How to Write a Synopsis
Synopses can vary depending on the intended audience and type of work. Most of the time, you should write your synopsis after you’ve finished writing or developing your work, because then you can create the most accurate summary. In general, it should do these major things:
- Begin with a hook—something interesting to grab the audience’s interest
- Give a clear summary of what the work is about
- Introduce major characters (protagonist, antagonist, notable supporting characters)
- Outline major plot points
- Introduce the setting (time and/or place)
- Identify a major conflict or turning point
- Highlight the genre, tone, and/or style of the work
- Give an idea of the work’s significance or why it matters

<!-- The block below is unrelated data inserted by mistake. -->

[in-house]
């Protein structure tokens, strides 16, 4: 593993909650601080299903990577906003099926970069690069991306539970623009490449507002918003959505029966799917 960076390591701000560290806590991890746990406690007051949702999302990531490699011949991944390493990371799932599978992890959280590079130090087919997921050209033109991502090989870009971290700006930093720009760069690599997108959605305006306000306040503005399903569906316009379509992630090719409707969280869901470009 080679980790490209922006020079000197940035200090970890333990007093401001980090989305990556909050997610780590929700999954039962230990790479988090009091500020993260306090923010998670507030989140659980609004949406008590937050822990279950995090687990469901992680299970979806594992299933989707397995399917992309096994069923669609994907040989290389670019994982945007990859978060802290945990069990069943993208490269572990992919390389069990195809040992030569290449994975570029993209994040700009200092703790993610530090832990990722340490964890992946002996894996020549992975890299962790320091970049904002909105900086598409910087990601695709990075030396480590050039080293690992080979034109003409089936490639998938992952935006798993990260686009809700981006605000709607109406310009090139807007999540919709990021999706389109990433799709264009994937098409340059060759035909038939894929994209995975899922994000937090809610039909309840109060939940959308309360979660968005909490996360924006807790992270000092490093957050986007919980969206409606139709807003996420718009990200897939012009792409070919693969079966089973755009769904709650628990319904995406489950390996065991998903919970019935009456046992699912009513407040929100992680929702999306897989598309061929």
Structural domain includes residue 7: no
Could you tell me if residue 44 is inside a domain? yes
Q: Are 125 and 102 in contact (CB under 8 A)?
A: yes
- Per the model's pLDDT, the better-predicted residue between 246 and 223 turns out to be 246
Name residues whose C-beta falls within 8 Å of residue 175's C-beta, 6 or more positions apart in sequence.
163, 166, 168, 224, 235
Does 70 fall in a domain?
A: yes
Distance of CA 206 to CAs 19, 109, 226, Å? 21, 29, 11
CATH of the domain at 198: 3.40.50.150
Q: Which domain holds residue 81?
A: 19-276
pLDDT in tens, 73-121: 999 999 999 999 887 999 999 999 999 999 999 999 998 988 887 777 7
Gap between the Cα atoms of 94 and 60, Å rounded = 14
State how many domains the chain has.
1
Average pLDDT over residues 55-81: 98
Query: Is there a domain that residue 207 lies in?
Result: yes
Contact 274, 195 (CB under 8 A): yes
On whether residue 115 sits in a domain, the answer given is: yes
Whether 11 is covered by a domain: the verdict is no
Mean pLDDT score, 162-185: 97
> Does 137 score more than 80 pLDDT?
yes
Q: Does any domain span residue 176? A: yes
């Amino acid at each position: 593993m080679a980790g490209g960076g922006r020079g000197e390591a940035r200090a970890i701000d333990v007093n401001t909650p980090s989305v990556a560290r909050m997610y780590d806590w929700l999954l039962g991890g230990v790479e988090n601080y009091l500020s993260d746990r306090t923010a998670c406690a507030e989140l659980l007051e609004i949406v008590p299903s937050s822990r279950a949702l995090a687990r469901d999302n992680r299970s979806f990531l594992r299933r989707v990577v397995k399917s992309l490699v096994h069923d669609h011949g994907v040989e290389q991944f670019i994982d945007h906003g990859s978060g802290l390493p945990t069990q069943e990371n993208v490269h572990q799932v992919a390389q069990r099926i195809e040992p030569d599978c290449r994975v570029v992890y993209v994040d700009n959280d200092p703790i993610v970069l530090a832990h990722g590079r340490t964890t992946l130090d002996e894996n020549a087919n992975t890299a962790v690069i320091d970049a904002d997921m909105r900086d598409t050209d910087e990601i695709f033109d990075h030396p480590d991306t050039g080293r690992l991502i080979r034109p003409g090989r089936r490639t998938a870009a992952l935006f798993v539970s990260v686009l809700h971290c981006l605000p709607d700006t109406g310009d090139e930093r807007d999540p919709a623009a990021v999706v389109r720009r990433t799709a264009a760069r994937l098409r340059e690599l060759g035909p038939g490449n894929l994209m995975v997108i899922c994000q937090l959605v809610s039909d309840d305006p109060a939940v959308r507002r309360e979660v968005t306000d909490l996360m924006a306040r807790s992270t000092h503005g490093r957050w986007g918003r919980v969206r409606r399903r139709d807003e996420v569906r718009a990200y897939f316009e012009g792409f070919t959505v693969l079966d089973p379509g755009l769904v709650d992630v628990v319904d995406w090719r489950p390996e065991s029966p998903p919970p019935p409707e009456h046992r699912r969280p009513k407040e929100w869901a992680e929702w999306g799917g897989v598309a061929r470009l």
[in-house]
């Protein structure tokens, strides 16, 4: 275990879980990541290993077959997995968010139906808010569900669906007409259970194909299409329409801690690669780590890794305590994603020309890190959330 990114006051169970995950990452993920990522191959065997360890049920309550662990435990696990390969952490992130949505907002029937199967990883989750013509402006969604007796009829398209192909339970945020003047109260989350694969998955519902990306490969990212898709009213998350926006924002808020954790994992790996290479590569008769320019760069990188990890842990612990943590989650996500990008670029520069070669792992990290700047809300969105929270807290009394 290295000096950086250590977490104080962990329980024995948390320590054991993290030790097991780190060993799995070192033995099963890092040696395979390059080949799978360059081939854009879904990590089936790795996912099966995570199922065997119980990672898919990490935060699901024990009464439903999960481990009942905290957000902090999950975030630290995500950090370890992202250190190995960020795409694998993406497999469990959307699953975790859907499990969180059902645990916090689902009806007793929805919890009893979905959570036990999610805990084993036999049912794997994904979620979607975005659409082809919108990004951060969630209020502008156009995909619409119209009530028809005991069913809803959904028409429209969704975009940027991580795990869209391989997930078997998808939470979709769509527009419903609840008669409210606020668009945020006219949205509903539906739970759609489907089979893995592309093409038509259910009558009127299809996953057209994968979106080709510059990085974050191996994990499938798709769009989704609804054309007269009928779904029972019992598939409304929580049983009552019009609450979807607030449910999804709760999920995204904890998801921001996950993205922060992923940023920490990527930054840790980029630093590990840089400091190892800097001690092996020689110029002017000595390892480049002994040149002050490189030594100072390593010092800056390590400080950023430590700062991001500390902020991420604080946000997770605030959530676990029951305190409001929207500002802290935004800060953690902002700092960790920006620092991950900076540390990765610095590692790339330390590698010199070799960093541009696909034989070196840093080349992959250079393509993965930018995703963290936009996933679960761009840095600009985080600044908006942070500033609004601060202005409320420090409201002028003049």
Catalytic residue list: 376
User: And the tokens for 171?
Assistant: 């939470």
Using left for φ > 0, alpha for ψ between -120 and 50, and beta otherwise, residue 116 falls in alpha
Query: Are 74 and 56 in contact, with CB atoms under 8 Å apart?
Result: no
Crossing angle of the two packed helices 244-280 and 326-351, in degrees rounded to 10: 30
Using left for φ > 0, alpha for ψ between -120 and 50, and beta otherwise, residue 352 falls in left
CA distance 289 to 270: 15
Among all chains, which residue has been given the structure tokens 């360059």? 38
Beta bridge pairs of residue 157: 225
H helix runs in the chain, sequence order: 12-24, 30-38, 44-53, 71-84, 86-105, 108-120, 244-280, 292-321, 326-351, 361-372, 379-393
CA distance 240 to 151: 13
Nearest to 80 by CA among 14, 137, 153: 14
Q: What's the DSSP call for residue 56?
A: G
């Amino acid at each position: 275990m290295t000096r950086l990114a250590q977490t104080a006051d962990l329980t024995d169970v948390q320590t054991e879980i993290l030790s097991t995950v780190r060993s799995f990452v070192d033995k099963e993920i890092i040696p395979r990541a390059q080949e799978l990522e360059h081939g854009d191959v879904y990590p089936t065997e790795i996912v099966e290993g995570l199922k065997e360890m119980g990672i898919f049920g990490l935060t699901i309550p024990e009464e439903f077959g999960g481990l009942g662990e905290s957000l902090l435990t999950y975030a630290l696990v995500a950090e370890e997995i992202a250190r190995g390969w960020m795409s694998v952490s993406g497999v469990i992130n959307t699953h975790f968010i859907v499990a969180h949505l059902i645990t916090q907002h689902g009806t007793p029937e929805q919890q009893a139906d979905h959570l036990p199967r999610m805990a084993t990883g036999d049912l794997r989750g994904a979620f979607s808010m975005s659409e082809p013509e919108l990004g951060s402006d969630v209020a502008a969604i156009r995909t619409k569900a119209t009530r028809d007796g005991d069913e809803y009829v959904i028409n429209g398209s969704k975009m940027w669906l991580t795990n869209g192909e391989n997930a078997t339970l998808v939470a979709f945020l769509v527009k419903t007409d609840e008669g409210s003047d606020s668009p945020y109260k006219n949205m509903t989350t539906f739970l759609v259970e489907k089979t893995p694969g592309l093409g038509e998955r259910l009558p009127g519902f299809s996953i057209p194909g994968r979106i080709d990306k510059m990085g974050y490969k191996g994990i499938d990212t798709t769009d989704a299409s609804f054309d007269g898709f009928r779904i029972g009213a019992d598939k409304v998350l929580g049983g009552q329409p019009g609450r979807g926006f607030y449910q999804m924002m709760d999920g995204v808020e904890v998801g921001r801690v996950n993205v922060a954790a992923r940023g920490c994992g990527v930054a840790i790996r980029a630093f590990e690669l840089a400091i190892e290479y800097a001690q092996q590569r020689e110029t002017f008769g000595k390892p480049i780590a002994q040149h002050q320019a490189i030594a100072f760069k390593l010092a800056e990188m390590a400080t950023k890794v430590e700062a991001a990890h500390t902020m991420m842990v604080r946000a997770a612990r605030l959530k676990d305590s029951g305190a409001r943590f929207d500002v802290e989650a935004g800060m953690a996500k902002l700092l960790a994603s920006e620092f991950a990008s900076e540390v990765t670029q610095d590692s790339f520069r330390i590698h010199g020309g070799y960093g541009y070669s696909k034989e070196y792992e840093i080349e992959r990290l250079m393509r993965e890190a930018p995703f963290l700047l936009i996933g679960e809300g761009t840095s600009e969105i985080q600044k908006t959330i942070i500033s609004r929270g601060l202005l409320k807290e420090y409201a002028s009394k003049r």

The length of a synopsis can vary. If you’re writing it for a website or as a summary for the audience, you may only need a paragraph. But, as mentioned, if you’ve written a book and need a synopsis for a publisher, for instance, then it should be longer and provide a fuller overview of the piece, including the plot from start to finish.
When to use a Synopsis
Really, anytime you write or create a lengthy work, you should write a synopsis. It lets people know what a piece is about without them having to watch or read the whole thing, which they often do to decide whether or not something is of interest. Furthermore, it can also be very useful for researchers because a synopsis allows them to see whether or not something is relevant or important to their own work. For that reason, a synopsis can save time for audiences and professionals alike.
Basically, when your work is going to be available to other people, and it’s longer than someone can read or watch in a few minutes, you should write a synopsis! Most books, films, and TV shows will also release a synopsis before the work officially comes out to build anticipation for its release. Obviously those synopses are still available afterwards, as well.